Argentina orders detention of Colombian in Jewish center bombing

Federal attorney says suspect left the country a week after the deadly attack to live in Lebanon.

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June 10, 2009 18:28
1 minute read.
Argentina orders detention of Colombian in Jewish center bombing

argentina bombing 224.88. (photo credit: AP)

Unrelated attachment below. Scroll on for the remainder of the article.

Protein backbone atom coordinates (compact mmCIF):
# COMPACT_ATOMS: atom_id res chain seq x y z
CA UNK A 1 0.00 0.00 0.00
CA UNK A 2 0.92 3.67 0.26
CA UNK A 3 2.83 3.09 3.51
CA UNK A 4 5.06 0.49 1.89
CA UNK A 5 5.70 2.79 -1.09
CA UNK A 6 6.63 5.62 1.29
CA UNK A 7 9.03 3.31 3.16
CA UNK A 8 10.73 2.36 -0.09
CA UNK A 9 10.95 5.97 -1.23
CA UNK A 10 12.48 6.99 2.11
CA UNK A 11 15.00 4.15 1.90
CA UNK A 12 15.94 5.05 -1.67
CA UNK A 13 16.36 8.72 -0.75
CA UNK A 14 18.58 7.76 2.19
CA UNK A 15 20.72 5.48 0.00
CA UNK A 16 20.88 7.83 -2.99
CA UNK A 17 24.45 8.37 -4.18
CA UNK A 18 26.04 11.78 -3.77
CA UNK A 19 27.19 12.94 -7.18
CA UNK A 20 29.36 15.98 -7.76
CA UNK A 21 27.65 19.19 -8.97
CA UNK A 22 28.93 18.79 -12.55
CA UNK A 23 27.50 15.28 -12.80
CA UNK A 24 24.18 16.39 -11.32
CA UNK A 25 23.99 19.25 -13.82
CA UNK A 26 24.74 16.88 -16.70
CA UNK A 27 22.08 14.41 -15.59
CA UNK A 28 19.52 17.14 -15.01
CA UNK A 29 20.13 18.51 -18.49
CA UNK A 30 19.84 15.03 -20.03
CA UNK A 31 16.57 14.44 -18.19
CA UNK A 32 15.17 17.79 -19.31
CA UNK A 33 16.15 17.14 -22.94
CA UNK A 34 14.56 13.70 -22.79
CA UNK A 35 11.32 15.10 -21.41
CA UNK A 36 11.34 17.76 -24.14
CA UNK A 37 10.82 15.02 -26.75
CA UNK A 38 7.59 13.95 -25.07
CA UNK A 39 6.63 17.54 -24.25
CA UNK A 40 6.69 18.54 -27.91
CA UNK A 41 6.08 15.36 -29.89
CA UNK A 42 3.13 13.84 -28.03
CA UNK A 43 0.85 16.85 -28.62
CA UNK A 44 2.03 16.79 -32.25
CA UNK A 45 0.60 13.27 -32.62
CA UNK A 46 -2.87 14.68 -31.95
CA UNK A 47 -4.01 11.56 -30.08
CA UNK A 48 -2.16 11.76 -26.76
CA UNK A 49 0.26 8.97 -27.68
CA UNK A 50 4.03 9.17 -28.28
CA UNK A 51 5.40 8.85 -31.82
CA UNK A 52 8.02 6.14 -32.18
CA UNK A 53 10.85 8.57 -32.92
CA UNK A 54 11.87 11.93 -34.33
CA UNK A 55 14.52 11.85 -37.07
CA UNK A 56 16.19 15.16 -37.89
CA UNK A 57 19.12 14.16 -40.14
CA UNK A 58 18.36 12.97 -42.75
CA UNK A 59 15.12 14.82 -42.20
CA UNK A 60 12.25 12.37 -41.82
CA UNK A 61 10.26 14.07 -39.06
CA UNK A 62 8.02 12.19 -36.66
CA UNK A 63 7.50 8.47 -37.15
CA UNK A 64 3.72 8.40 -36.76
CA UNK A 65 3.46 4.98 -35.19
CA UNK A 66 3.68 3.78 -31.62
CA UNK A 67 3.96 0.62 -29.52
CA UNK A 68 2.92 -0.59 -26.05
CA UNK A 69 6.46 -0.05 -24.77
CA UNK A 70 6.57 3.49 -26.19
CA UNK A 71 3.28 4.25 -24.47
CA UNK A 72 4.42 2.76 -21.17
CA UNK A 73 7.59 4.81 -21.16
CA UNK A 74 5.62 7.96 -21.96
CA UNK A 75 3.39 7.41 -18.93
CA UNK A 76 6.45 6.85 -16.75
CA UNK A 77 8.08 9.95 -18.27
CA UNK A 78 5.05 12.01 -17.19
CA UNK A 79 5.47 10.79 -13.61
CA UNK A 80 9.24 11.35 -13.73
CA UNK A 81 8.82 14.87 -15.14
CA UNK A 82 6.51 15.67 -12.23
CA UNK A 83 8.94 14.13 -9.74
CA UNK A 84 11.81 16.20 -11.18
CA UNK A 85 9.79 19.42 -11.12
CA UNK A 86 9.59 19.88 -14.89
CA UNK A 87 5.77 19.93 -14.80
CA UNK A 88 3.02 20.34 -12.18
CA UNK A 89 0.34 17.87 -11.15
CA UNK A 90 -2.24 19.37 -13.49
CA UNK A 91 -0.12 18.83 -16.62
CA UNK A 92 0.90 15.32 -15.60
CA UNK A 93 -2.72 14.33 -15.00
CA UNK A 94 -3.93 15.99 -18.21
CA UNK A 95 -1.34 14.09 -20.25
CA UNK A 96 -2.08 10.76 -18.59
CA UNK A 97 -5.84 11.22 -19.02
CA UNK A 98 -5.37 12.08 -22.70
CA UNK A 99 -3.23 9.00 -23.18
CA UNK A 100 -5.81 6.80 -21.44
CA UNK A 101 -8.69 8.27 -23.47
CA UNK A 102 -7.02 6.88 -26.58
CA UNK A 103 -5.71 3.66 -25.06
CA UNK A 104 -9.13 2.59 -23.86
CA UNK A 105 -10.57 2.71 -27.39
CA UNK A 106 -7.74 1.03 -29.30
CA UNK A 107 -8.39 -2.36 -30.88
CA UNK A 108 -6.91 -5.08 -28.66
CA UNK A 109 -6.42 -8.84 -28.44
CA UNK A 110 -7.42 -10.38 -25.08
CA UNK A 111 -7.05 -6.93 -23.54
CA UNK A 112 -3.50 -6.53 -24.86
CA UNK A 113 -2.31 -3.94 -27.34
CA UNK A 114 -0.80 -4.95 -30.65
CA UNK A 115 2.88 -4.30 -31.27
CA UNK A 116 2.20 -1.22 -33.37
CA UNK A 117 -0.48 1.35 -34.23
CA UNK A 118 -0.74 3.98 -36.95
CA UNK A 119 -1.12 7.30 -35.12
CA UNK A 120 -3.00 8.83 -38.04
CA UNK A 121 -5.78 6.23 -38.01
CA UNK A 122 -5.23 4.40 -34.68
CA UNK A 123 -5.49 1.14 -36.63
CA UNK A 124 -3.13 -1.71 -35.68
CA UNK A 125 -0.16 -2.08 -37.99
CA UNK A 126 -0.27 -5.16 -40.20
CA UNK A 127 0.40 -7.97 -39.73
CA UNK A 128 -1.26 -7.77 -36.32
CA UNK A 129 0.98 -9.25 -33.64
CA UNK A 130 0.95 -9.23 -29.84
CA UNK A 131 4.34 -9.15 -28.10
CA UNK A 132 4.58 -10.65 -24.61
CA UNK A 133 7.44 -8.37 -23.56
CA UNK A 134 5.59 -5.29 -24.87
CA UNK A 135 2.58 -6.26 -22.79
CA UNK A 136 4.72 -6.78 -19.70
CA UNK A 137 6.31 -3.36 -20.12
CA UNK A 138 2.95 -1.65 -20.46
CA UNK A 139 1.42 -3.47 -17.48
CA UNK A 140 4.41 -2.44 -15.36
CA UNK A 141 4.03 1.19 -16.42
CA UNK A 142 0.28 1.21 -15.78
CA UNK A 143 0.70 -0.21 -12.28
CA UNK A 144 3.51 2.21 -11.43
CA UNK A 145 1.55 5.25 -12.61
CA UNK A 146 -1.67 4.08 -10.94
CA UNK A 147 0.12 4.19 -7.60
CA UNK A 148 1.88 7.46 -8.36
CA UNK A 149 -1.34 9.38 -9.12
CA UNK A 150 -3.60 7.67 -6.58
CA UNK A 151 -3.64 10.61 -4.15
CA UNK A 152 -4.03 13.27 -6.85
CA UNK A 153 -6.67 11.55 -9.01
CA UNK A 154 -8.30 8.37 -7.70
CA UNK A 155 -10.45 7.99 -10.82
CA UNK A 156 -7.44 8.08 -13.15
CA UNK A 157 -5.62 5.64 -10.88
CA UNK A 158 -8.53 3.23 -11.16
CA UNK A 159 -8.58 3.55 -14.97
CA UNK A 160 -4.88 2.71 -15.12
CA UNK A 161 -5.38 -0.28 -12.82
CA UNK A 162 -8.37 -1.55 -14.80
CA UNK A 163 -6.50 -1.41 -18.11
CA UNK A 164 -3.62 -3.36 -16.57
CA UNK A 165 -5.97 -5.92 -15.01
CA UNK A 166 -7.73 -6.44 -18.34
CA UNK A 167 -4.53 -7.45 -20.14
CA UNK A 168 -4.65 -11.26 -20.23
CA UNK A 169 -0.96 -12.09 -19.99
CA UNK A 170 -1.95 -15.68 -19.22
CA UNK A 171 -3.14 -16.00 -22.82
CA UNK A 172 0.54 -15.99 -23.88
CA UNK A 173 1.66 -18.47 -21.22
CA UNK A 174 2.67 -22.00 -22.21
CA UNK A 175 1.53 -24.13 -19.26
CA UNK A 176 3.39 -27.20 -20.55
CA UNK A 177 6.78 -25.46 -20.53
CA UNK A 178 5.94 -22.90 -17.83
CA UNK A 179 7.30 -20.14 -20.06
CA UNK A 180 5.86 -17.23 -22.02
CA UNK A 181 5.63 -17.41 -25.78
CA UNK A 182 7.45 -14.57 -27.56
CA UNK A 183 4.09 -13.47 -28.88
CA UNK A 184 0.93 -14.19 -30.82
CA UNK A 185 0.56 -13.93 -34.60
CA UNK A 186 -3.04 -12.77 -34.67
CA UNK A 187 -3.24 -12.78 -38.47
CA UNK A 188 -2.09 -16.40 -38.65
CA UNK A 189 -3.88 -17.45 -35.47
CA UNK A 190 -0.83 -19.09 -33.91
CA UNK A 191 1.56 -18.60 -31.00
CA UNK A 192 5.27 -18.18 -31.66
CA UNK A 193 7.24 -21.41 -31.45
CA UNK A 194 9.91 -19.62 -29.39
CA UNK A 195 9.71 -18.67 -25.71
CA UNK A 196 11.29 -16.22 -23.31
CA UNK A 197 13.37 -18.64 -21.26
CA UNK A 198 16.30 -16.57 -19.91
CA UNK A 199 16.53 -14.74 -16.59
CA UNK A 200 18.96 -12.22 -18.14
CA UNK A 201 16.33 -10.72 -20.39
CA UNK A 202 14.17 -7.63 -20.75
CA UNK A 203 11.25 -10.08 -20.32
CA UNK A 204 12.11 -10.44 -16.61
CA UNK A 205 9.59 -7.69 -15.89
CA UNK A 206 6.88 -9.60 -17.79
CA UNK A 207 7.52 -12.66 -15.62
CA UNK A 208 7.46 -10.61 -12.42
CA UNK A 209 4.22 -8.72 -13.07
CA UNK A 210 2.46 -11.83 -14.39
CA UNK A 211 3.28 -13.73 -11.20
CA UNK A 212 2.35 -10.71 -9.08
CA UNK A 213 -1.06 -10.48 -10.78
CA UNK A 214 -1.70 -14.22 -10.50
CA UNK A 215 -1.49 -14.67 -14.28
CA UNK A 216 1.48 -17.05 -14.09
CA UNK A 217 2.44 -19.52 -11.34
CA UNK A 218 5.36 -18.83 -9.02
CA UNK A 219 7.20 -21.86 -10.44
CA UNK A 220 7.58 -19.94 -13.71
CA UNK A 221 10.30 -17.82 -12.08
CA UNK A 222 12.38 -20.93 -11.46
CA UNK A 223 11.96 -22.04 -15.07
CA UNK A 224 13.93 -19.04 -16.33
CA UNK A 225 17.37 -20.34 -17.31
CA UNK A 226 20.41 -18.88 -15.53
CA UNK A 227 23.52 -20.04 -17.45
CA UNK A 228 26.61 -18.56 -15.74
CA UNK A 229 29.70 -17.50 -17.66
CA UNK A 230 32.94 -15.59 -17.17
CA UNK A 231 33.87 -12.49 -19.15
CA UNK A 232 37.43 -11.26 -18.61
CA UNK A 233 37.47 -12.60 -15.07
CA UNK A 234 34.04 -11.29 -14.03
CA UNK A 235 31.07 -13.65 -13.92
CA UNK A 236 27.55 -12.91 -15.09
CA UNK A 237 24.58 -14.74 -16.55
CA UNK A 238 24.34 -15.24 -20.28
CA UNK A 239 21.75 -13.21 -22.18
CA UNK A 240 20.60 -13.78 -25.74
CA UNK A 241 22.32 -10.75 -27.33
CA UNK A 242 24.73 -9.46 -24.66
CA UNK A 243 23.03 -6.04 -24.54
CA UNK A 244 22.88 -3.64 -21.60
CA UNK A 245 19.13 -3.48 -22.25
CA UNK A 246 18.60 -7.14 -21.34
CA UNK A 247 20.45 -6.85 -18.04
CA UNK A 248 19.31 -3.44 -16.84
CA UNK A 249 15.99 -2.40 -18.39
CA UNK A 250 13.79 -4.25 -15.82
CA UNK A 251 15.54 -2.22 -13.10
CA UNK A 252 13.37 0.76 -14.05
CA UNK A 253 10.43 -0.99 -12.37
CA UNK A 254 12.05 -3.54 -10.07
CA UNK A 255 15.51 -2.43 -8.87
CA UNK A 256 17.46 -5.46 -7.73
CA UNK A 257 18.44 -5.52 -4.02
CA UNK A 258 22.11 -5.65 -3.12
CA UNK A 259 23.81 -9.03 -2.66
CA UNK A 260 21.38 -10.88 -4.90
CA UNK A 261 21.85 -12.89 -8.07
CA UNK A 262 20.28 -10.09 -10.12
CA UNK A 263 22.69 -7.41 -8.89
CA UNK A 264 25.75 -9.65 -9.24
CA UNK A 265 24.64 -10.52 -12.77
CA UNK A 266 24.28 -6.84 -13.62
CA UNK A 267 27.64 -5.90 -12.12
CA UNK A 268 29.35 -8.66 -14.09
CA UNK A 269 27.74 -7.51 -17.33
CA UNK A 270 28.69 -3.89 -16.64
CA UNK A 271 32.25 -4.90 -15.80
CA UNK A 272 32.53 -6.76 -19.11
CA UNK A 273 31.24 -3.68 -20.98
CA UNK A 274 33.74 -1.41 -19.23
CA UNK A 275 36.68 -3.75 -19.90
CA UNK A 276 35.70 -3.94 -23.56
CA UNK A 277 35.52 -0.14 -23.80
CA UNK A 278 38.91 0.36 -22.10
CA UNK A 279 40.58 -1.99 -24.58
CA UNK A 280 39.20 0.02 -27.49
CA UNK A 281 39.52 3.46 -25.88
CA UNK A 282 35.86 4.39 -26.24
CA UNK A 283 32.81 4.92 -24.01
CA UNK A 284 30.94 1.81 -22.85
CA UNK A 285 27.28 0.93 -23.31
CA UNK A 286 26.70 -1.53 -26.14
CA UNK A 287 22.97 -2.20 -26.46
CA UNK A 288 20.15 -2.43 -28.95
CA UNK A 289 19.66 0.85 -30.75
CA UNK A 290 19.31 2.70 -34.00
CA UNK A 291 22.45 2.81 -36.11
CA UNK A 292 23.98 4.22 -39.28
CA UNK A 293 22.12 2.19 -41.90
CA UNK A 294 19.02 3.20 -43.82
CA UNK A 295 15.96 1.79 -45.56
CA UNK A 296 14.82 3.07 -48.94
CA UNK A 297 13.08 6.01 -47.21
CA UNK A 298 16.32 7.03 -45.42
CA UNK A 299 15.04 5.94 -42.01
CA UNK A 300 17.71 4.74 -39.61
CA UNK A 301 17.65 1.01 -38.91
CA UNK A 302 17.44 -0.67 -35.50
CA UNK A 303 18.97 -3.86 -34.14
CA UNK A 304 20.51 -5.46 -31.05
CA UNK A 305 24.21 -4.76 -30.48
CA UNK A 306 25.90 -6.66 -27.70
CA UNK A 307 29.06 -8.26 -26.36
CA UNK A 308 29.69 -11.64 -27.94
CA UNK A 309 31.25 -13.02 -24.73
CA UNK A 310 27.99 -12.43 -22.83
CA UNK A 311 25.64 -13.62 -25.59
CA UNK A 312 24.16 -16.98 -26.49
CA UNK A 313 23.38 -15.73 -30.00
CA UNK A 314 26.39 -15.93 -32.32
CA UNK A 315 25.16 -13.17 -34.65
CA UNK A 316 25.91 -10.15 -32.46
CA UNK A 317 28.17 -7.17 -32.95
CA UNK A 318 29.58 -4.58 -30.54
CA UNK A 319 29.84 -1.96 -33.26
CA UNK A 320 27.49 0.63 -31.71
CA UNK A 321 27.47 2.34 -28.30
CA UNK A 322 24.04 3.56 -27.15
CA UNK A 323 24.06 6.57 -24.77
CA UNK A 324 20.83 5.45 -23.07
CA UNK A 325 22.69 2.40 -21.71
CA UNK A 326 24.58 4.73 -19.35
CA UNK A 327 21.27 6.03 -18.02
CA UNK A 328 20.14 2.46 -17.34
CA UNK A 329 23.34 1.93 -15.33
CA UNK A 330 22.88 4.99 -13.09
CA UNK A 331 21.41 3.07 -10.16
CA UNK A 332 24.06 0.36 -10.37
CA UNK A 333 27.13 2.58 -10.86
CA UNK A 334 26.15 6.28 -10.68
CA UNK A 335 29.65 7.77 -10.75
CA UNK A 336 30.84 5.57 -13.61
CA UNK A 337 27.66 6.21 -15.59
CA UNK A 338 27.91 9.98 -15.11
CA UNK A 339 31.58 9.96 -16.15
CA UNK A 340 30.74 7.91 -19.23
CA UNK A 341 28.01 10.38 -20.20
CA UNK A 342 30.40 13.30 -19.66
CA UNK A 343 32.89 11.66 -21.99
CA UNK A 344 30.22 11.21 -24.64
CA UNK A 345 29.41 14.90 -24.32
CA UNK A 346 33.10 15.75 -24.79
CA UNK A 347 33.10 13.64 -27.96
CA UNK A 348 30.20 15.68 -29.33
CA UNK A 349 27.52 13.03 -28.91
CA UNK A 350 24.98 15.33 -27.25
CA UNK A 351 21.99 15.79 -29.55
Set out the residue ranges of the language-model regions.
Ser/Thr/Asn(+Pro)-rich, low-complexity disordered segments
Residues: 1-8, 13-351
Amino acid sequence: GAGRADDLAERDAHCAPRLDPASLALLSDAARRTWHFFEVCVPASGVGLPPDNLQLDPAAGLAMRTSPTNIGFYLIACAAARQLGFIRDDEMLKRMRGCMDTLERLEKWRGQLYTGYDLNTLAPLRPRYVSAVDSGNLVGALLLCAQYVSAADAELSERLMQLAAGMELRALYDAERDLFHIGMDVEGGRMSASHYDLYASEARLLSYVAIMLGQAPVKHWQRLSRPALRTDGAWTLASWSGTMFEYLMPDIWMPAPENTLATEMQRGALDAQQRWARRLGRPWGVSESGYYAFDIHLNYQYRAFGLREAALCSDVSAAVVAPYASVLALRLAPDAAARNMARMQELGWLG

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A federal judge on Tuesday requested the international capture of a Colombian national suspected of involvement in the 1994 bombing of a Jewish cultural center in Argentina that killed 85 people. Argentine judge Rodolfo Canicoba Corral has asked Interpol to detain Samuel Salman, 43, who is believed to be living in Lebanon, the judge's secretary, Fernando Pojaghi, told The Associated Press. Canicoba issued the request at the behest of federal attorney Alberto Nisman, who presented a declaration on May 20 saying he had gathered sufficient evidence against Salman. Nisman said Salman had lived in Argentina since 1987 and left the country a week after the attack to live in Lebanon. Eighty-five people were killed and 200 were injured when a bomb exploded in a van outside the Argentine Israeli Mutual Association on July 18, 1994 - the country's bloodiest terrorist attack. The center, a symbol for Argentina's Jewish population of more than 200,000, was destroyed two years after a bomb flattened the Israeli Embassy in Buenos Aires, killing 29 people. Argentine officials claim that Iran orchestrated the attack and that the Iranian-backed Hizbullah group carried it out. The United States and Israel also say Iran is behind the bombing, but Iran has denied it. According to Nisman, Salman had strong ties with the local Muslim community and helped coordinate the Hizbullah members' stay in Argentina. He alleges that Salman also gathered the information necessary for the group to carry out the attack. The investigation into the attack has reached high echelons of power in Argentina. A prosecutor last year sought the arrest of former President Carlos Menem, accusing him of covering up the involvement of a Syrian-Argentine businessman in the attack. Menem, the son of Syrian immigrants, has denied the allegation.

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